Latest & greatest articles for irritable bowel syndrome

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Top results for irritable bowel syndrome

141. Lotronex (TM): therapy for diarrhea predominant irritable bowel syndrome

Lotronex (TM): therapy for diarrhea predominant irritable bowel syndrome Lotronex (TM): therapy for diarrhea predominant irritable bowel syndrome Lotronex (TM): therapy for diarrhea predominant irritable bowel syndrome McGahan L Record Status This is a bibliographic record of a published health technology assessment from a member of INAHTA. No evaluation of the quality of this assessment has been made for the HTA database. Citation McGahan L. Lotronex (TM): therapy for diarrhea predominant (...) irritable bowel syndrome. Ottawa: Canadian Coordinating Office for Health Technology Assessment/Office Canadien de Coordination de l'Evaluation des Technologies de la Sante (CCOHTA) 2000: 4 Authors' objectives To summarise the available evidence on Lotronex (TM) for diarrhea predominant irritable bowel syndrome (IBS). Authors' conclusions Lotronex (TM) has been approved for marketing in the United States for the treatment of IBS in women whose predominant symptom is diarrhea. Lotronex (TM) has not yet

2000 Health Technology Assessment (HTA) Database.

142. Efficacy and safety of alosetron in women with irritable bowel syndrome: a randomised, placebo-controlled trial. (Abstract)

Efficacy and safety of alosetron in women with irritable bowel syndrome: a randomised, placebo-controlled trial. Irritable bowel syndrome (IBS) is a common gastrointestinal disorder with symptoms of abdominal pain, discomfort, and altered bowel function. Antagonists of the type 3 serotonin receptor (5-HT3) have shown promising results in the relief of IBS-associated symptoms. We aimed to confirm these findings by doing a randomised, placebo-controlled trial.We studied 647 female IBS patients (...) with diarrhoea-predominant or alternating bowel patterns (diarrhoea and constipation). 324 patients were assigned 1 mg alosetron and 323 placebo orally twice daily for 12 weeks, followed by a 4-week post-treatment period. Adequate relief of abdominal pain and discomfort was the primary endpoint; secondary endpoints included improvements in urgency, stool frequency, and stool consistency. Analysis was by intention to treat.79 (24%) of patients in the alosetron group and 53 (16%) in the placebo group dropped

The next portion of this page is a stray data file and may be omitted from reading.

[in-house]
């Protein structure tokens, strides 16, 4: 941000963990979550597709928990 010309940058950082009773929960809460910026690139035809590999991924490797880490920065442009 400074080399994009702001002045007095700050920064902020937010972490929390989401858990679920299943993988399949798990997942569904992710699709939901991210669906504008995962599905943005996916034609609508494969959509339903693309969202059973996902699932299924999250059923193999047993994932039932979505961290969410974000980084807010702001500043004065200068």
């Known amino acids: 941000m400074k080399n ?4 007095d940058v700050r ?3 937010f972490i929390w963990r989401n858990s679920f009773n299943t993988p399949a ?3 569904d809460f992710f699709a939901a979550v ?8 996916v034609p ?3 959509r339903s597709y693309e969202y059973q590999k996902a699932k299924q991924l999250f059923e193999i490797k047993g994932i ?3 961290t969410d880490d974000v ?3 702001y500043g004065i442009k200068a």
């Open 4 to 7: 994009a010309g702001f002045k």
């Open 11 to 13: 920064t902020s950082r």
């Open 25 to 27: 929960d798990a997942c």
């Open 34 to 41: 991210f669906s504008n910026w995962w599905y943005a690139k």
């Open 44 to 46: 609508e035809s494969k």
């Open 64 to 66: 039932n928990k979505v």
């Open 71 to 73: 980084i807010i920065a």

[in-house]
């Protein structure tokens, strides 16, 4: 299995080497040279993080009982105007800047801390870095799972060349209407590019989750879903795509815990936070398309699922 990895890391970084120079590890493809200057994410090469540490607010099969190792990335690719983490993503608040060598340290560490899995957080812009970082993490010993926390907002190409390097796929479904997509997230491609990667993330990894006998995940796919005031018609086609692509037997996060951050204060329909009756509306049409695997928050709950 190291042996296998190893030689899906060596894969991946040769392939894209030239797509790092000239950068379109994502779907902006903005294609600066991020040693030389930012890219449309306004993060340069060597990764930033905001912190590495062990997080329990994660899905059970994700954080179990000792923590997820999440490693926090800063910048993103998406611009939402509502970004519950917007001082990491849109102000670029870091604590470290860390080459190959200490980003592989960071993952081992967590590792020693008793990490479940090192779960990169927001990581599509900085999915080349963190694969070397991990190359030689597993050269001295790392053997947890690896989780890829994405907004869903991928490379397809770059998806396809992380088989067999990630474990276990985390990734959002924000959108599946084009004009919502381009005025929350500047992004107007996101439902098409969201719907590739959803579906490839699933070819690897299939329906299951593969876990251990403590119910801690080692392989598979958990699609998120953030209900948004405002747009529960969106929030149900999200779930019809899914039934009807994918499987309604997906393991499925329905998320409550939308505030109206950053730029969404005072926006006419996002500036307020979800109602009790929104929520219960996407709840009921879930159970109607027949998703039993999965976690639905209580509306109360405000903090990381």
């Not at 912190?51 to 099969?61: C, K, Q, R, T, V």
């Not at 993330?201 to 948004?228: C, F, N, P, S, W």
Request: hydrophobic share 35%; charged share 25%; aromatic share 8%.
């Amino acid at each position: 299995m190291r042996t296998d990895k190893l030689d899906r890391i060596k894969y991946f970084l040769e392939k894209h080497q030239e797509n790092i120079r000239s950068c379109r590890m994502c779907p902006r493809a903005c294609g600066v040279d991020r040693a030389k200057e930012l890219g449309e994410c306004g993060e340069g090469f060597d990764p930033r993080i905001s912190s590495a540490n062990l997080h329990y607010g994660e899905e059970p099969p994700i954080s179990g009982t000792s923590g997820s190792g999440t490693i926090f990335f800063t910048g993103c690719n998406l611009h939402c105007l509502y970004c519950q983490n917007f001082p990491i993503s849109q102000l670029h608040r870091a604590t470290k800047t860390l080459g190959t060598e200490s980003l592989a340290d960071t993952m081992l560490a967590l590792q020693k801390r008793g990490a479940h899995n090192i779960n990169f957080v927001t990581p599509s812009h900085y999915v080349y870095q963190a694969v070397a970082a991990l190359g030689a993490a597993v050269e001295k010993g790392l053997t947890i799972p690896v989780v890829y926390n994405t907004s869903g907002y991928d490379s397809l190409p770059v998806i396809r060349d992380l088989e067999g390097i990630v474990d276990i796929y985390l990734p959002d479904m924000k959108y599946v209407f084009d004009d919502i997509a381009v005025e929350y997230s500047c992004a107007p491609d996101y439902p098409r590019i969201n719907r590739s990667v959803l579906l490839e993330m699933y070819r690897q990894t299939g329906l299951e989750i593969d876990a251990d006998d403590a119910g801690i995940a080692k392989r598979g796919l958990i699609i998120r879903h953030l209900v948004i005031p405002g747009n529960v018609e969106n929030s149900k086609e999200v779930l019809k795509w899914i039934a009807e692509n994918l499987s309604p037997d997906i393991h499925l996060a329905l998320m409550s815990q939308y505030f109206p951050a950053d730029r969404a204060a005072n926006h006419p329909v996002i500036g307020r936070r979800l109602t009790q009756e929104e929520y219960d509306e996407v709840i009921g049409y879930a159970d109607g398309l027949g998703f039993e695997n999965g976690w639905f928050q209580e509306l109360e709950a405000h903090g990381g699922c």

2000 Lancet Controlled trial quality: predicted high

143. Pharmacologic treatment of the irritable bowel syndrome: a systematic review of randomized controlled trials

pain and loperamide reduces diarrhoea in irritable bowel syndrome. Evid Based Med 2001;6:20-1. Indexing Status Subject indexing assigned by NLM MeSH Antidiarrheals /therapeutic use; Colonic Diseases, Functional /drug therapy; Evidence-Based Medicine; Gastrointestinal Agents /therapeutic use; Humans; Loperamide /therapeutic use; Outcome Assessment (Health Care); Parasympatholytics /therapeutic use; Psychotropic Drugs /therapeutic use; Randomized Controlled Trials as Topic AccessionNumber 12000008660 (...) in the English language were identified in the following: MEDLINE from 1966 to 1999; EMBASE from 1980 to 1999; PsycINFO from 1967 to 1999; the Cochrane Trials Register; and bibliographies from all retrieved publications. The MeSH term was 'colonic diseases, functional' and a keyword search for 'irritable', 'functional' or 'spastic' adjacent to 'bowel' or 'colon' was performed. The search was supplemented by various combinations of truncated keywords that described the type of publication such as 'random

2000 DARE.

144. Abnormal colonic fermentation in irritable bowel syndrome. (Abstract)

Abnormal colonic fermentation in irritable bowel syndrome. The cause of irritable bowel syndrome (IBS) is unknown. It may follow gastroenteritis and be associated with an abnormal gut flora and with food intolerance. Our study was designed to assess whether these factors were associated with colonic malfermentation.We carried out a crossover controlled trial of a standard diet and an exclusion diet matched for macronutrients in six female IBS patients and six female controls. During the final

1998 Lancet Controlled trial quality: uncertain

145. Treatment of irritable bowel syndrome with Chinese herbal medicine: a randomized controlled trial. (Abstract)

Treatment of irritable bowel syndrome with Chinese herbal medicine: a randomized controlled trial. Irritable bowel syndrome (IBS) is a common functional bowel disorder for which there is no reliable medical treatment.To determine whether Chinese herbal medicine (CHM) is of any benefit in the treatment of IBS.Randomized, double-blind, placebo-controlled trial conducted during 1996 through 1997.Patients were recruited through 2 teaching hospitals and 5 private practices of gastroenterologists (...) , and herbalists were all blinded to treatment group.Change in total bowel symptom scale scores and global improvement assessed by patients and gastroenterologists and change in the degree of interference in life caused by IBS symptoms assessed by patients.Compared with patients in the placebo group, patients in the active treatment groups (standard and individualized CHM) had significant improvement in bowel symptom scores as rated by patients (P=.03) and by gastroenterologists (P=.001), and significant

1998 JAMA Controlled trial quality: predicted high

146. Peppermint oil for irritable bowel syndrome: a critical review and metaanalysis

Peppermint oil for irritable bowel syndrome: a critical review and metaanalysis Untitled Document The CRD Databases will not be available from 08:00 BST on Friday 4th October until 08:00 BST on Monday 7th October for essential maintenance. We apologise for any inconvenience.

1998 DARE.